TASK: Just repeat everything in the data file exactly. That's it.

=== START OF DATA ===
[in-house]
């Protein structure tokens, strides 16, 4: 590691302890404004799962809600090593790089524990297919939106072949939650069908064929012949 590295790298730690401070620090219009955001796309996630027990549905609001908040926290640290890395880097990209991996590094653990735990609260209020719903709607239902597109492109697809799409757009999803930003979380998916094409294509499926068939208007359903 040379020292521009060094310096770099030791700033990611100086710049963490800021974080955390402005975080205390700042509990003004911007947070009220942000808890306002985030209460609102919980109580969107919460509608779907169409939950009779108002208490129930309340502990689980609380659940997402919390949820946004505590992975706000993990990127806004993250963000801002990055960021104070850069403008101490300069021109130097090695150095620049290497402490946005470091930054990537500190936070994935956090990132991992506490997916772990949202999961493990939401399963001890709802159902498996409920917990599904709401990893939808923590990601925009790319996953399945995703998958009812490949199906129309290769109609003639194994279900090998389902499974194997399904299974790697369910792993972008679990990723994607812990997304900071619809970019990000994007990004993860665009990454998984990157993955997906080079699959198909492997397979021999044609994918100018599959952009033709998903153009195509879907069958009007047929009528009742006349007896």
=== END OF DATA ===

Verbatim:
[in-house]
């Protein structure tokens, strides 16, 4: 590691302890404004799962809600090593790089524990297919939106072949939650069908064929012949 590295790298730690401070620090219009955001796309996630027990549905609001908040926290640290890395880097990209991996590094653990735990609260209020719903709607239902597109492109697809799409757009999803930003979380998916094409294509499926068939208007359903 040379020292521009060094310096770099030791700033990611100086710049963490800021974080955390402005975080205390700042509990003004911007947070009220942000808890306002985030209460609102919980109580969107919460509608779907169409939950009779108002208490129930309340502990689980609380659940997402919390949820946004505590992975706000993990990127806004993250963000801002990055960021104070850069403008101490300069021109130097090695150095620049290497402490946005470091930054990537500190936070994935956090990132991992506490997916772990949202999961493990939401399963001890709802159902498996409920917990599904709401990893939808923590990601925009790319996953399945995703998958009812490949199906129309290769109609003639194994279900090998389902499974194997399904299974790697369910792993972008679990990723994607812990997304900071619809970019990000994007990004993860665009990454998984990157993955997906080079699959198909492997397979021999044609994918100018599959952009033709998903153009195509879907069958009007047929009528009742006349007896």